I had never heard of him. But she was so passionate about him, I couldn't help but be moved. I asked her to bring in her personal titles of his, and I did some research myself in the meantime. Am I ever glad I did, because sometimes, you never know what you're missing!
Josh Sundquist is truly an inspiring character, and for that I have chosen him for my Thanksgiving week post. Josh's bio reads that
"At age nine Josh Sundquist was diagnosed with a rare form of bone cancer and given a fifty percent chance to live. He spent a year on chemotherapy treatments and his left leg was amputated. Doctors declared Josh cured of the disease at age thirteen and he took up ski racing three years later. He trained for the next six years and in 2006 he was named to the US Paralympic Ski Team for the 2006 Paralympics in Turino, Italy."
While Just Don't Fall is mainly the telling of his life story, Josh also has two other titles. We Should Hang Out Sometime is another memoir filled with coming of age anecdotes, and Love and First Sight is a work of coming of age fiction. Both are filled with the same introspective humor and observations of living a life with a disability. All of Josh's works are not only thoughtful, but hopeful.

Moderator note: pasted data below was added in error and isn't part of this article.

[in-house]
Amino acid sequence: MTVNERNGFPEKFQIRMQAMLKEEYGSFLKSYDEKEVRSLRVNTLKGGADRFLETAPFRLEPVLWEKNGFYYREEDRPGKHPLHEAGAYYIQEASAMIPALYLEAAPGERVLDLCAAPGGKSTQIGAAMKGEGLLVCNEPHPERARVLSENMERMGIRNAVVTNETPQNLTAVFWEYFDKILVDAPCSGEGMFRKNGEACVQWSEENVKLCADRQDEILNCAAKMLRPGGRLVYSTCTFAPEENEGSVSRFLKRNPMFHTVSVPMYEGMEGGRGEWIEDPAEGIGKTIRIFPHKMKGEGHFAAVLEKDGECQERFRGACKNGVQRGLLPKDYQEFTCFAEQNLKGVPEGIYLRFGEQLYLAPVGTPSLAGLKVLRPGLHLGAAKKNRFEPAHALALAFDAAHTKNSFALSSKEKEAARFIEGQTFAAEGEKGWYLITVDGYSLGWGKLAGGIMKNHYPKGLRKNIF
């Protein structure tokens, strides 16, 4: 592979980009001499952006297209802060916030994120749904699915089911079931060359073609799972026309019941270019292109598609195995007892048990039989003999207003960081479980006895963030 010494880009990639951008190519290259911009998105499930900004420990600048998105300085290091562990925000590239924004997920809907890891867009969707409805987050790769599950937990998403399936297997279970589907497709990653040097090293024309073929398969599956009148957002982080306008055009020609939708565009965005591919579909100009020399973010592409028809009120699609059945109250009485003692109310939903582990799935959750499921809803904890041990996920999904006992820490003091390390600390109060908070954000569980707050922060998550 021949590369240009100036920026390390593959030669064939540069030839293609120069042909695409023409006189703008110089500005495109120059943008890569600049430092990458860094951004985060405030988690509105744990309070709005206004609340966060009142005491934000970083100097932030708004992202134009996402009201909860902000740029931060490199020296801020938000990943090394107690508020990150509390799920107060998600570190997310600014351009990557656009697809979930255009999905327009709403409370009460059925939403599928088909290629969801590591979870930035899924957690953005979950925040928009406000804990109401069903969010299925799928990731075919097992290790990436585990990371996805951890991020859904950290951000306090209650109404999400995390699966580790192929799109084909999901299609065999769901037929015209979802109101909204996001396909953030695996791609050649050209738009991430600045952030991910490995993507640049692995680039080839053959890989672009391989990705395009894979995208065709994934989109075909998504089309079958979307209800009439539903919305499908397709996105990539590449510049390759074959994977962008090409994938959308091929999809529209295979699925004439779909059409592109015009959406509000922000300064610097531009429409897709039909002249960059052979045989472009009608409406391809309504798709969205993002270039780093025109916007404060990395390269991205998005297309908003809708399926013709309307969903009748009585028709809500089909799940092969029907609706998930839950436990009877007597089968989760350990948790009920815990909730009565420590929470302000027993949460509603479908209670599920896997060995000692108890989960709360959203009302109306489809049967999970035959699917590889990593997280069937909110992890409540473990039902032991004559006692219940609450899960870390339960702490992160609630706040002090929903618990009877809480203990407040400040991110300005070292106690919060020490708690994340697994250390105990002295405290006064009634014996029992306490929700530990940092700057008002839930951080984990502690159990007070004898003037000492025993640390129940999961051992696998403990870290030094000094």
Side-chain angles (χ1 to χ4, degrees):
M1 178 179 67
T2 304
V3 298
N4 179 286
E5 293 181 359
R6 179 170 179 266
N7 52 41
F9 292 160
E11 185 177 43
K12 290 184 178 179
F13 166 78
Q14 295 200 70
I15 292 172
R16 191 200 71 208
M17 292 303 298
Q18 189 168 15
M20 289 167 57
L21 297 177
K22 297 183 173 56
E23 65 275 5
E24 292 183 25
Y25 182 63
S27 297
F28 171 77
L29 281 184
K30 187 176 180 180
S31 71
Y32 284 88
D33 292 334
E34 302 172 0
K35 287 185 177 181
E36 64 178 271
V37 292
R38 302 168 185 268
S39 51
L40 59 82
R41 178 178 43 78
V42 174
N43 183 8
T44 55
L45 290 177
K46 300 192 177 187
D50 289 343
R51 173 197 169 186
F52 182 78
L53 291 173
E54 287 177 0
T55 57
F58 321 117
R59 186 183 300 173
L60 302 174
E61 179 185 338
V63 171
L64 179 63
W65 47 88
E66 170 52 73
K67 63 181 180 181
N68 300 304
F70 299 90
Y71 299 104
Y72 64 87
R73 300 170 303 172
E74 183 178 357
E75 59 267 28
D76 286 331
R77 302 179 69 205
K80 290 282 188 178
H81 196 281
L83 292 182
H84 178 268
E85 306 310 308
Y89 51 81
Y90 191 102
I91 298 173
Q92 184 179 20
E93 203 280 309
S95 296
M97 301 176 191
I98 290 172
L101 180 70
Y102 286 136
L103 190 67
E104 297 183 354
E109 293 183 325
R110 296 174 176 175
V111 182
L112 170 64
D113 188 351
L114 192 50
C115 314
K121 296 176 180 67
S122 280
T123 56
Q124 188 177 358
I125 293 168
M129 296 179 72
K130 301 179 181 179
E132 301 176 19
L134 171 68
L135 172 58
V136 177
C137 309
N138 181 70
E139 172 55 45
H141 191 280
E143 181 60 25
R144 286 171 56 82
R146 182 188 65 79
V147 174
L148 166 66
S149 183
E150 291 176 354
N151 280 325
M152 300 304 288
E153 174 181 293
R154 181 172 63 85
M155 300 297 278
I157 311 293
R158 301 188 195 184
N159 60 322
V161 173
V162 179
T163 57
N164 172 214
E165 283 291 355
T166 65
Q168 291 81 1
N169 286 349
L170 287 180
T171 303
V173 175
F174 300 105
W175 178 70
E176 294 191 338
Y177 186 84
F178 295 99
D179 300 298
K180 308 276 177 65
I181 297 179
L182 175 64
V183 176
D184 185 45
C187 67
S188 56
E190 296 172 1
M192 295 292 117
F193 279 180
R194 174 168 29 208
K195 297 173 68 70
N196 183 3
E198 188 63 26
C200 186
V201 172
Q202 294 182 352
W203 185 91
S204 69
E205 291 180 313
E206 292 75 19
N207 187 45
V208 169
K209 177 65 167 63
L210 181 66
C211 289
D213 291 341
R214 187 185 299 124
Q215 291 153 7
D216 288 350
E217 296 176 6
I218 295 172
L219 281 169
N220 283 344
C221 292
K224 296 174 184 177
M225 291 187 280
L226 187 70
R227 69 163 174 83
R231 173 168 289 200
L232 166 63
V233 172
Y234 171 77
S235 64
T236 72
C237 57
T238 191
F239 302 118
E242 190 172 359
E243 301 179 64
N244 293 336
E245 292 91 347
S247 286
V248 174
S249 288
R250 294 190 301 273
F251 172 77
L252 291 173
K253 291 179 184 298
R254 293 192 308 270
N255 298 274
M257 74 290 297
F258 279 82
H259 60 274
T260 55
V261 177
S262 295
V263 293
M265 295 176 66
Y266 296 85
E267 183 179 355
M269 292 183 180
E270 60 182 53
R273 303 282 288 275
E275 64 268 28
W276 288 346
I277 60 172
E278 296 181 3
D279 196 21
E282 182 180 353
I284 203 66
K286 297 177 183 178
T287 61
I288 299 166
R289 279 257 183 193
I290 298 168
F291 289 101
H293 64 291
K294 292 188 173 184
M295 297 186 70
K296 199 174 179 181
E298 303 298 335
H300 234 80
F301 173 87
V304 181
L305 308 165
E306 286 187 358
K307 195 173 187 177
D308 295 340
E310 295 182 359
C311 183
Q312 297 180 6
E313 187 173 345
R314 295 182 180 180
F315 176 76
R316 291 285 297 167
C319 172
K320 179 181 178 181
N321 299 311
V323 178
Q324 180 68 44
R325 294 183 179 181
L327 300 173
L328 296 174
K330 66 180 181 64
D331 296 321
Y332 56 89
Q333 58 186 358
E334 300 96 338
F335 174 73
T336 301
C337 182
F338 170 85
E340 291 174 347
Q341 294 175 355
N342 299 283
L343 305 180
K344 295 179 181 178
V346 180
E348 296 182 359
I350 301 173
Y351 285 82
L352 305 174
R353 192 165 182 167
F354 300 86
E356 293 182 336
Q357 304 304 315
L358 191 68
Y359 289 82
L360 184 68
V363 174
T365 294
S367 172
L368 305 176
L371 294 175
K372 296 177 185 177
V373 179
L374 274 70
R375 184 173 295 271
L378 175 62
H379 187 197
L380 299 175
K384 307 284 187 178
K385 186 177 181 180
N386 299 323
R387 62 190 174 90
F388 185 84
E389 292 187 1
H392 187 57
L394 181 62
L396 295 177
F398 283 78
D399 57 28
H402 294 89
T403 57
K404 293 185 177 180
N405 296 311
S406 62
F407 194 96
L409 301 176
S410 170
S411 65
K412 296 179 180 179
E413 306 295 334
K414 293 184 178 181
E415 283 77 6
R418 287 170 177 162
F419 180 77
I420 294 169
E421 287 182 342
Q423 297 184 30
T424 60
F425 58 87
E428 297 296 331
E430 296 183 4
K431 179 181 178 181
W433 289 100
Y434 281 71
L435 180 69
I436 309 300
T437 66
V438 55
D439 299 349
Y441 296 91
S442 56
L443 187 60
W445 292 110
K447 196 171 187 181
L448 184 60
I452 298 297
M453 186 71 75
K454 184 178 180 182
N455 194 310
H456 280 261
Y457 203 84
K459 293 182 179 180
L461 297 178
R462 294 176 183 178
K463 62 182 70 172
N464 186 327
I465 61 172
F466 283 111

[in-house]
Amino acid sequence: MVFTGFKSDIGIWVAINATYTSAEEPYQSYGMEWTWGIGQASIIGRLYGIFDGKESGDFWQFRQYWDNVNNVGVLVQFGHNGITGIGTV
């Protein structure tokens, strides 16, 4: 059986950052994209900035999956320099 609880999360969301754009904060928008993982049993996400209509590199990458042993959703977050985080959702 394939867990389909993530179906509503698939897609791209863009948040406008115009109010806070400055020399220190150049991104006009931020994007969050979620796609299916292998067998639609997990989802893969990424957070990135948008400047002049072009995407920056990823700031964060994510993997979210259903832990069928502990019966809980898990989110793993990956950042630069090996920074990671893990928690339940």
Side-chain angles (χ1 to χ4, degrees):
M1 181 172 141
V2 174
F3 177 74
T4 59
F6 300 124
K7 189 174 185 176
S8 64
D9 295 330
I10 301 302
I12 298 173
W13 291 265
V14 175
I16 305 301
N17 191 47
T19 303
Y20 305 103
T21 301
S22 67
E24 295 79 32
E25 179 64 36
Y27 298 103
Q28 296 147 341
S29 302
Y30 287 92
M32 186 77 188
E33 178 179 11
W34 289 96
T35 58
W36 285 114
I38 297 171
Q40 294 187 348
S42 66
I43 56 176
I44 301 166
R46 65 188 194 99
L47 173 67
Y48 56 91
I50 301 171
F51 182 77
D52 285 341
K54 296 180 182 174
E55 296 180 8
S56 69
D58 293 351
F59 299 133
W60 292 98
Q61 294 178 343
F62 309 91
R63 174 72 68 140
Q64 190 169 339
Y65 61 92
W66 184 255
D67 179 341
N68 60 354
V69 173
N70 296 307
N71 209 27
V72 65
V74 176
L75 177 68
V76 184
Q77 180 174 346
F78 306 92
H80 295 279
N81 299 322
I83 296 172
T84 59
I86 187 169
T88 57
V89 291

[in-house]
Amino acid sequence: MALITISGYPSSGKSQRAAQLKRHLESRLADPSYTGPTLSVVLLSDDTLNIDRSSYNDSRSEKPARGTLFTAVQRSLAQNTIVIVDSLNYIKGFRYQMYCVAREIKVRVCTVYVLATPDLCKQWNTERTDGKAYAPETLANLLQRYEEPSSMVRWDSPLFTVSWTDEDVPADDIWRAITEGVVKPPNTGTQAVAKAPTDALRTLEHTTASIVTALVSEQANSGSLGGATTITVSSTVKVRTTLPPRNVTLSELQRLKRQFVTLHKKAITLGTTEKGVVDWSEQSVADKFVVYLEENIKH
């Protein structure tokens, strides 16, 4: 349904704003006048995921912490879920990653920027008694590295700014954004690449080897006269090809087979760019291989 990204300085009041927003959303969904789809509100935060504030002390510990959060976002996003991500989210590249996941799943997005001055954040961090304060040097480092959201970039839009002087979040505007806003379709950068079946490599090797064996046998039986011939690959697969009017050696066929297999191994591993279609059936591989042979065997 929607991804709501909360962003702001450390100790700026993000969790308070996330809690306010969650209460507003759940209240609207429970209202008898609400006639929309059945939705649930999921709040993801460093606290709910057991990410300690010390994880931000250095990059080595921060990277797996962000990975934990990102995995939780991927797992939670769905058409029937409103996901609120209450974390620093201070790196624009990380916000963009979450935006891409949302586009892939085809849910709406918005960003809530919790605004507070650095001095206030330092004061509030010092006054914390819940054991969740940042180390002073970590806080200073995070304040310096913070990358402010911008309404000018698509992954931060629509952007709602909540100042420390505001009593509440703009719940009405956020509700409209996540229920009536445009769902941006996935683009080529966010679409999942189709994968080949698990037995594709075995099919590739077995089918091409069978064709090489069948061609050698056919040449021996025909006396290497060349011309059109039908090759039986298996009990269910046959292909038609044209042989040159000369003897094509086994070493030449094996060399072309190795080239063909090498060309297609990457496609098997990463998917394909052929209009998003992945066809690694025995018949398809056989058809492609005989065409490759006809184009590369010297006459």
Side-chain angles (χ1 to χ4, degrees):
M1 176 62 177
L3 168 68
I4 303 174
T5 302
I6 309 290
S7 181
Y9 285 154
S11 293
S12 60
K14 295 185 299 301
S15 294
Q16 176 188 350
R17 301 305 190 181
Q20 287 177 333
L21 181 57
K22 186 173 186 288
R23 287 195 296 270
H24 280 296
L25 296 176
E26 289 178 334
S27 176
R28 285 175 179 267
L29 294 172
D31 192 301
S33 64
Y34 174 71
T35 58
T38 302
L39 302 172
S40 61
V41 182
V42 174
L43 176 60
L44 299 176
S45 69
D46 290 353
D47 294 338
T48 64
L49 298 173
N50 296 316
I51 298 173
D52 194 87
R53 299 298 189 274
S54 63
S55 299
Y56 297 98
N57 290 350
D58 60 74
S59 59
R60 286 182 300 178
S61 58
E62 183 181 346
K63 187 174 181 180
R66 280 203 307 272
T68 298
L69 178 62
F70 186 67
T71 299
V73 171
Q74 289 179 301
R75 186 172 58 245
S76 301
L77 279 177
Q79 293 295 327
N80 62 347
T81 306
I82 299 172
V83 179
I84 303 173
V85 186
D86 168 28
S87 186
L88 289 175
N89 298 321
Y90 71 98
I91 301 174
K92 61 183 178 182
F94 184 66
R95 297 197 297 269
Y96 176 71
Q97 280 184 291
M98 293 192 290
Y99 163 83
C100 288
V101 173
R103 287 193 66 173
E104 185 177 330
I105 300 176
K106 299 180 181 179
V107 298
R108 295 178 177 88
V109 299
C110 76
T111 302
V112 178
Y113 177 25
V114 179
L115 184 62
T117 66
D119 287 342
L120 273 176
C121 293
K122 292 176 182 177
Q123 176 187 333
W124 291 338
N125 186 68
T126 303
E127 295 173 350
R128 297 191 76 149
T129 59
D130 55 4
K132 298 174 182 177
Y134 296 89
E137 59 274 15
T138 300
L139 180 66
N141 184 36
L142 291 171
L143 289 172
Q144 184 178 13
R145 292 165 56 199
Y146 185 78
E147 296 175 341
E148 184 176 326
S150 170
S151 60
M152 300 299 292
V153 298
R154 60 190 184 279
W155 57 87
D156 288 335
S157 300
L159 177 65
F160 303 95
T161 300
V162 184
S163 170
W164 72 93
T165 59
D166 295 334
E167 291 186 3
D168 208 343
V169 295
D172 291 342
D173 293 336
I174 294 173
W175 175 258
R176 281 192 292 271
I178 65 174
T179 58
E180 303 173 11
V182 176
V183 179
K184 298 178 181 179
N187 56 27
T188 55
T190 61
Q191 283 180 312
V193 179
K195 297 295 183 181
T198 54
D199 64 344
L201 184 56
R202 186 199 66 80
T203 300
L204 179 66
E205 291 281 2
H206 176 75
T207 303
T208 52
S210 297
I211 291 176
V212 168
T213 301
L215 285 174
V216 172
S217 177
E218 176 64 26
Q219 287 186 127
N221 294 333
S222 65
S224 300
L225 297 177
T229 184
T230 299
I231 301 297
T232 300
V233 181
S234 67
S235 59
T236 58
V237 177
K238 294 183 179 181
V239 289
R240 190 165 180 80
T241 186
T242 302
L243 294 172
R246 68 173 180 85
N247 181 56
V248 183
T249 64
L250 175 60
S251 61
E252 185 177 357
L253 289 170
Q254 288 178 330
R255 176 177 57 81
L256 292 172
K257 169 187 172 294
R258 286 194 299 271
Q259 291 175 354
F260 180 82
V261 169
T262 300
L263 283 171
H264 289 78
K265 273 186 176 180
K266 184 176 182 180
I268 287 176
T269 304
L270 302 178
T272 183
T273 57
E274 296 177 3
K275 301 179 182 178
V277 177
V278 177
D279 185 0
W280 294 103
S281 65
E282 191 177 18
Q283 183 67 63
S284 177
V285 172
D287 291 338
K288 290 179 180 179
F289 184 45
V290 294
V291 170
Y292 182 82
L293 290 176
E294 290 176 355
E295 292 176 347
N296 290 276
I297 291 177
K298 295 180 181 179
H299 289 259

Sports is full of heroes who have overcome disabilities or other personal obstacles. Frankly, it's all part of what makes sports stories so endearing. There's just something about athletes that gives them tools to take lemons and make lemonade. Josh's story is compelling because he obviously has not let physical barriers impede his quest to live a full life. After the amputation, Josh chooses to not only live life to the fullest, but push the envelope. He takes up downhill skiing, which I can attest is hard enough to do with 2 good legs. Within 6 years, he's on the US Paralympic Ski team!
When I talked to Jessica about what made the book about Josh so special to her, it had nothing to do with sports. She talked about his courage, his sense of humor when dealing with his disability, his perseverance, his hipness (she showed me his cool youtube videos), his honesty, and his ability to motivate. He could've been a hang glider for all she cared.
The mark of a good book is to see the "stars" in the reader's eyes when you talk to them about the book. It's not just knowing the details, it's knowing the meaning. It's not just knowing the accomplishments, it's understanding the struggle to achieve them. It's not just that the completed book becomes a memory, it is that there is a motivation to carry the message forward.
Josh's books succeed because they inspire. I am getting all of them for my high school library, and everyone else should as well. When I get a teen coming up to me with a must-read recommendation, there's something that's clearly working! Josh undoubtedly has a great story, and a voice that speaks to teens, which is truly something to be thankful for. Live life to the fullest, be thankful for what you DO have, and don't be afraid to laugh at yourself a little. Not bad advice for any teen(or middle aged librarian)! Happy Thanksgiving!